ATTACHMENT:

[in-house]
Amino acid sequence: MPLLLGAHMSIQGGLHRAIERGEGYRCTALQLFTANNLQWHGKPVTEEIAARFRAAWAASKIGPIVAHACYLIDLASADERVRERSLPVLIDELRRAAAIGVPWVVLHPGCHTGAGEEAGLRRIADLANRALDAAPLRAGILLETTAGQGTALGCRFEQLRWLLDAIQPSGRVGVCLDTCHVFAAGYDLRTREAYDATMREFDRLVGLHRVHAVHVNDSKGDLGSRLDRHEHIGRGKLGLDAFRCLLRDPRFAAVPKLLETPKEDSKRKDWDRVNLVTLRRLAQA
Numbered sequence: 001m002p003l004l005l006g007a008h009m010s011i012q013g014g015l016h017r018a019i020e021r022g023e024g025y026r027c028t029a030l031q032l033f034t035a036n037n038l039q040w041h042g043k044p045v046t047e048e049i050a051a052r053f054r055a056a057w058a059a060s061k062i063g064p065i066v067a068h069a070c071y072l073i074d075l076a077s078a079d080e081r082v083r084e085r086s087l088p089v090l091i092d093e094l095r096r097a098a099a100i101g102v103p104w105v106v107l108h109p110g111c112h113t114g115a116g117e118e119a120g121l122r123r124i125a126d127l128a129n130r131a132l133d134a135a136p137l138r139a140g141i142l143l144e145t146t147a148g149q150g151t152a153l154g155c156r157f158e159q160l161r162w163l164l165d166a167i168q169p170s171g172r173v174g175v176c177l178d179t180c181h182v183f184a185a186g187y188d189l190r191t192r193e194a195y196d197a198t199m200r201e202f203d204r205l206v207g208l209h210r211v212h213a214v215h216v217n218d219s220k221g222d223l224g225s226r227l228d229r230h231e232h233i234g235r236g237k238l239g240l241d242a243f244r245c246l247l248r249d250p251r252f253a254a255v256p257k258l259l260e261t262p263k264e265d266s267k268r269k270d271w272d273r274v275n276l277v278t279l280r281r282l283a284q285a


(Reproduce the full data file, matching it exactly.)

[in-house]
Amino acid sequence: MPLLLGAHMSIQGGLHRAIERGEGYRCTALQLFTANNLQWHGKPVTEEIAARFRAAWAASKIGPIVAHACYLIDLASADERVRERSLPVLIDELRRAAAIGVPWVVLHPGCHTGAGEEAGLRRIADLANRALDAAPLRAGILLETTAGQGTALGCRFEQLRWLLDAIQPSGRVGVCLDTCHVFAAGYDLRTREAYDATMREFDRLVGLHRVHAVHVNDSKGDLGSRLDRHEHIGRGKLGLDAFRCLLRDPRFAAVPKLLETPKEDSKRKDWDRVNLVTLRRLAQA
Numbered sequence: 001m002p003l004l005l006g007a008h009m010s011i012q013g014g015l016h017r018a019i020e021r022g023e024g025y026r027c028t029a030l031q032l033f034t035a036n037n038l039q040w041h042g043k044p045v046t047e048e049i050a051a052r053f054r055a056a057w058a059a060s061k062i063g064p065i066v067a068h069a070c071y072l073i074d075l076a077s078a079d080e081r082v083r084e085r086s087l088p089v090l091i092d093e094l095r096r097a098a099a100i101g102v103p104w105v106v107l108h109p110g111c112h113t114g115a116g117e118e119a120g121l122r123r124i125a126d127l128a129n130r131a132l133d134a135a136p137l138r139a140g141i142l143l144e145t146t147a148g149q150g151t152a153l154g155c156r157f158e159q160l161r162w163l164l165d166a167i168q169p170s171g172r173v174g175v176c177l178d179t180c181h182v183f184a185a186g187y188d189l190r191t192r193e194a195y196d197a198t199m200r201e202f203d204r205l206v207g208l209h210r211v212h213a214v215h216v217n218d219s220k221g222d223l224g225s226r227l228d229r230h231e232h233i234g235r236g237k238l239g240l241d242a243f244r245c246l247l248r249d250p251r252f253a254a255v256p257k258l259l260e261t262p263k264e265d266s267k268r269k270d271w272d273r274v275n276l277v278t279l280r281r282l283a284q285a